Like Leominster, Ledbury, and Ross-on-Wye, the town and fair at the manor of Bromyard was probably founded in c1125 during the episcopate of Richard de Capella (1121–1127). As with those other three towns, the bishops of Hereford had had a manor and minster there since Anglo-Saxon times. As at Ledbury the church was collegiate, with an establishment of clergy known as "portioners", but without a master and common seal.Surveys for the bishop made c. 1285 and 1575-80 give valuable information about the town's first few centuries.Bromyard contained 255 burgage and landowner tenancies in the 1280s which paid a total rent of £23 10s 7 1/2d to the bishop. A Toll Shop at Schallenge House ("Pie Powder" from pieds a poudre) was where market tolls were paid and summary jurisdiction dealt out.
After the Reformation (1545) there were 800 communicants making Bromyard then "a market toune...greatly Replenished with People", the third town in the county with a population of about 1200 souls.By 1664 Bromyard had fallen behind Leominster, Ledbury and Ross in population Besides the central town area, the large parish used to consist of the three townships of Winslow, Linton, and Norton; these areas were civil parishes in the 20th century.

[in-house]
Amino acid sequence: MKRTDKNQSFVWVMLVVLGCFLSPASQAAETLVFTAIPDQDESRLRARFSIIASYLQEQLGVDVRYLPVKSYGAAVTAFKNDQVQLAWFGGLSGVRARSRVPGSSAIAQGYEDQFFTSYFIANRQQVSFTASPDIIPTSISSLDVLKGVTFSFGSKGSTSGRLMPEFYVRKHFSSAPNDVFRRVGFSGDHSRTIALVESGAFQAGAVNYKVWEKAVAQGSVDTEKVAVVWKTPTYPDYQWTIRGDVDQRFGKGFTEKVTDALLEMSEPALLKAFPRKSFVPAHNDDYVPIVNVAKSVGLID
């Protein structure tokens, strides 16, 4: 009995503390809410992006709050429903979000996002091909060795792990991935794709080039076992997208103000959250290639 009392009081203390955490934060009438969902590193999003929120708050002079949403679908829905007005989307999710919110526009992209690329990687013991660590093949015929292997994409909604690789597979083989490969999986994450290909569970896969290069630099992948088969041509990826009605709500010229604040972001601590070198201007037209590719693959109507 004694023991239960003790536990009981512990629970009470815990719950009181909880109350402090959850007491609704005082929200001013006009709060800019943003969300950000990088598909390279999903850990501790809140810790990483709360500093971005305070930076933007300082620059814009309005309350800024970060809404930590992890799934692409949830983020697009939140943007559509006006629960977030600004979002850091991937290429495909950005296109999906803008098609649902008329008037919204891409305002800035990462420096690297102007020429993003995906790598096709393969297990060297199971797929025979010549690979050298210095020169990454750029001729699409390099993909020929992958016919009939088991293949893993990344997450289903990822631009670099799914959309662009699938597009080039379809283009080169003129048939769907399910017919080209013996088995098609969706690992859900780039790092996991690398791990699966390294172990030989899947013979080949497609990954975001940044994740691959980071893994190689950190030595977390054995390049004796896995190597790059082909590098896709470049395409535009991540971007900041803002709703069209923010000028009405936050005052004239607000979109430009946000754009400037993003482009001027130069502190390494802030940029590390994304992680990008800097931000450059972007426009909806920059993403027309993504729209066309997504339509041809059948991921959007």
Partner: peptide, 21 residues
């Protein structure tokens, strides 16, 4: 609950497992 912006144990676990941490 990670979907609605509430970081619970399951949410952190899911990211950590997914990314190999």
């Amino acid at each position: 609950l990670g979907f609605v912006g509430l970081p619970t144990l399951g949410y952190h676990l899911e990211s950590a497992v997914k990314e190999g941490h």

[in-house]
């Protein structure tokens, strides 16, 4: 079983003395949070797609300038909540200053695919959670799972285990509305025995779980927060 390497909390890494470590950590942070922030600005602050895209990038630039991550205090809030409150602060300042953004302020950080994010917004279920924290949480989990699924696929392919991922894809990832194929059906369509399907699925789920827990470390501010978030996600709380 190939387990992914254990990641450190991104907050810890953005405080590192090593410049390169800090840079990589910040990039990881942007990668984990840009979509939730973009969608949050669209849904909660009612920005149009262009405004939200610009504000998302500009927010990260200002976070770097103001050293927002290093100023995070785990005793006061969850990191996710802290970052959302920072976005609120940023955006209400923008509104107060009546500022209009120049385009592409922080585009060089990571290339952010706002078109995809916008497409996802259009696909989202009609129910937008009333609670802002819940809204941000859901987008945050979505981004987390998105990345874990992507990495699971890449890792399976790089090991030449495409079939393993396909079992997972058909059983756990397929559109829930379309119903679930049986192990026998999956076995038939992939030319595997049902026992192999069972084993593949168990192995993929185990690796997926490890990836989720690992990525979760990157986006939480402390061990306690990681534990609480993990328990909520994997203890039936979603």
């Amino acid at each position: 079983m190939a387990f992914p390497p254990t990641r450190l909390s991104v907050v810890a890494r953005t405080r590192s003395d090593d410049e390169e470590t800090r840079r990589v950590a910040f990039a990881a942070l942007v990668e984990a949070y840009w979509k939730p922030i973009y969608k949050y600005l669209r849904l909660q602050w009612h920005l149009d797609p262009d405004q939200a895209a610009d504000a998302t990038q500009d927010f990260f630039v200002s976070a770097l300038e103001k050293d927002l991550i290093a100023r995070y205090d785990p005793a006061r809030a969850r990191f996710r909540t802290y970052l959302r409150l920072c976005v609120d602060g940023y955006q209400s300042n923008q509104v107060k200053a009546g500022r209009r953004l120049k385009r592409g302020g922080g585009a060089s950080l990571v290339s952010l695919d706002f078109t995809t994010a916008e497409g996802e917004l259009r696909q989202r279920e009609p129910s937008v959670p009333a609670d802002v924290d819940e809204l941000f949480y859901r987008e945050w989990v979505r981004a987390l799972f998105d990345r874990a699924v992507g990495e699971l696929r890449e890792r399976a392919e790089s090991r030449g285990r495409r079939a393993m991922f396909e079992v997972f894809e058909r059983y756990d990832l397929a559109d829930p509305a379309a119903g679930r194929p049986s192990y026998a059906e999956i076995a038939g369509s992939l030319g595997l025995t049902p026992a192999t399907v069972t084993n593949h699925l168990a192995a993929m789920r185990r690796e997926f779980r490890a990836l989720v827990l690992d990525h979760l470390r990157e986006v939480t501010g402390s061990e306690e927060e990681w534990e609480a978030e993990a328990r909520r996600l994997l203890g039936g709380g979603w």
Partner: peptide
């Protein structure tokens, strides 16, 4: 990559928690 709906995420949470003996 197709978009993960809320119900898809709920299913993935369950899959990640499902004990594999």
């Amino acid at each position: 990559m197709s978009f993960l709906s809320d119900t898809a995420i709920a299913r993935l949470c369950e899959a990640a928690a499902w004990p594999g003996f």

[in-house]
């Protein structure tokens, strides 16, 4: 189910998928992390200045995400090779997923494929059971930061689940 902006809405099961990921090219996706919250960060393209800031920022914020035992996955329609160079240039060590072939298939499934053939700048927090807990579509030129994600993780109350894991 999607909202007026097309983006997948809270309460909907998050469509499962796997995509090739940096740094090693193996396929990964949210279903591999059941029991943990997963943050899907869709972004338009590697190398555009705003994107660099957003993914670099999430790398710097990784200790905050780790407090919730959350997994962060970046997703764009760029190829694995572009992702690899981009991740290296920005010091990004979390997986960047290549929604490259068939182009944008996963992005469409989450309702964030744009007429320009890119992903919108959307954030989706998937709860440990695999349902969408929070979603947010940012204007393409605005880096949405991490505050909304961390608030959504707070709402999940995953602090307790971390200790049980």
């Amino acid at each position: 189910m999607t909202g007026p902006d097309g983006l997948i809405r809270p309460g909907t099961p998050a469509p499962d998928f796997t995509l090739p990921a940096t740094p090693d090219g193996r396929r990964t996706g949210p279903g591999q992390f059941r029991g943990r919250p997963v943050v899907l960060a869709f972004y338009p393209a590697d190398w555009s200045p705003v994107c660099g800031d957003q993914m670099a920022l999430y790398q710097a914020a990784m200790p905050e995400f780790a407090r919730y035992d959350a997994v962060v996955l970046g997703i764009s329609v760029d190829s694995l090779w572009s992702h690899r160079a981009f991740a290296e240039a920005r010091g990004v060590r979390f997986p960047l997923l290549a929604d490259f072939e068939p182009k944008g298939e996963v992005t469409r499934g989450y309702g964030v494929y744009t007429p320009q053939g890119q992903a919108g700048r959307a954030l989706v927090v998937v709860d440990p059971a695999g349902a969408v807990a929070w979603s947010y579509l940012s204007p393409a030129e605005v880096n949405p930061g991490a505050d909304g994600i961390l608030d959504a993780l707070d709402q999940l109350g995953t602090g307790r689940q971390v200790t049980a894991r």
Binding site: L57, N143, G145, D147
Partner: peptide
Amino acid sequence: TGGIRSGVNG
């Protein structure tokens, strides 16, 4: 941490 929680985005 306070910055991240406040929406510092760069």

During the civil wars, Prince Rupert's troops in March 1645 "brought all their [power] on Bromyard and Ledbury side, fell on, plundered every parish and house, poor as well as others, leaving neither clothes nor provision, killed all the young lambs in the country, though not above a week old.Charles I stayed the night in Bromyard at Mrs Baynham's house (now Tower House) on 3 September 1645 on his way to Hereford In 1648 Parliament ordered the sale of the cathedral's property in Bromyard Forrens (i.e. outside the borough) for £594 9s 2d.

Bromyard Grammar School was re-founded in 1566 after the original chantry endowments had been nationalized. In 1656 the City of London Alderman John Perrin, who came from Bromyard, left the school £20 a year, to be paid through the Goldsmiths Company. The company improved the school buildings in 1835. The building still stands in Church Street, but the school became part of the first comprehensive school in Herefordshire in 1969, now known as Queen Elizabeth's.